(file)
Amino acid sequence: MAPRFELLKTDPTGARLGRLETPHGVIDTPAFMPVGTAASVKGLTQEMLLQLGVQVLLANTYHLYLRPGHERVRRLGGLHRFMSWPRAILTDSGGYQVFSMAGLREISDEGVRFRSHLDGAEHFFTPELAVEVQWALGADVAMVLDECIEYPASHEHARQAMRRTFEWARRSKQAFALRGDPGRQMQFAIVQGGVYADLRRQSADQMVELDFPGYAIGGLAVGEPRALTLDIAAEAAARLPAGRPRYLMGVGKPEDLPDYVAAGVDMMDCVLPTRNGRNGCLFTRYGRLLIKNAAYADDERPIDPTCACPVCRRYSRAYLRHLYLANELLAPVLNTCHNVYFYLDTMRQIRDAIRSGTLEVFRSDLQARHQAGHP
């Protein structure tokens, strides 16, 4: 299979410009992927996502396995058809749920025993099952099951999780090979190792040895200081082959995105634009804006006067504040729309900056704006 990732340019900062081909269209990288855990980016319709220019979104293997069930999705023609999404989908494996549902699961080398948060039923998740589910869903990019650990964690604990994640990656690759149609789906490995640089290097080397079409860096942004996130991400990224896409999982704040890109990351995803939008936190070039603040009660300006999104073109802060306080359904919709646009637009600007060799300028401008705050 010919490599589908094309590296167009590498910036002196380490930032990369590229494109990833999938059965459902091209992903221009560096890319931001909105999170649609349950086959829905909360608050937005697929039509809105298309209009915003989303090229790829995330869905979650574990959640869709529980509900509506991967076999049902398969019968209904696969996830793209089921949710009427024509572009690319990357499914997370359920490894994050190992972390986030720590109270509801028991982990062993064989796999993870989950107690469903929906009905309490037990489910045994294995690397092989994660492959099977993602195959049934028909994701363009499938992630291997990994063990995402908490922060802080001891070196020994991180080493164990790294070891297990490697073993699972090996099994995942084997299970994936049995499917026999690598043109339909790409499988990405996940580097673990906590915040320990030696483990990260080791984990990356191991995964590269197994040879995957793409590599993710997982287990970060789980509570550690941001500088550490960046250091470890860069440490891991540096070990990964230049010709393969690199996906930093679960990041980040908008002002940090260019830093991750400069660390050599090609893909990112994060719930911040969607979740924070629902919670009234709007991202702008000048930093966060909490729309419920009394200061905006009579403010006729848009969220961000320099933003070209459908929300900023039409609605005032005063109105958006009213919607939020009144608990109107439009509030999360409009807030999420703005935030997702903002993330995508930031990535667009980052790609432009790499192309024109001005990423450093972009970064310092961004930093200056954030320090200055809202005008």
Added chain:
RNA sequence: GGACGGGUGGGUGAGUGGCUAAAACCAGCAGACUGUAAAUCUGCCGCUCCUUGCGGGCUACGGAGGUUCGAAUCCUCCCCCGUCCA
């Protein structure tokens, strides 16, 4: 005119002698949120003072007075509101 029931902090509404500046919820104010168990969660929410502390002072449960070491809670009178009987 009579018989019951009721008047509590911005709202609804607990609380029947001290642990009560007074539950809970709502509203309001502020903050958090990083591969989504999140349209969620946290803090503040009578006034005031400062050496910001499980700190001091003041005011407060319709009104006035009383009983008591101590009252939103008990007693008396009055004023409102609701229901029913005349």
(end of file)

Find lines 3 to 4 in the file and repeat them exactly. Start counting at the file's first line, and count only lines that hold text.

Added chain:
RNA sequence: GGACGGGUGGGUGAGUGGCUAAAACCAGCAGACUGUAAAUCUGCCGCUCCUUGCGGGCUACGGAGGUUCGAAUCCUCCCCCGUCCA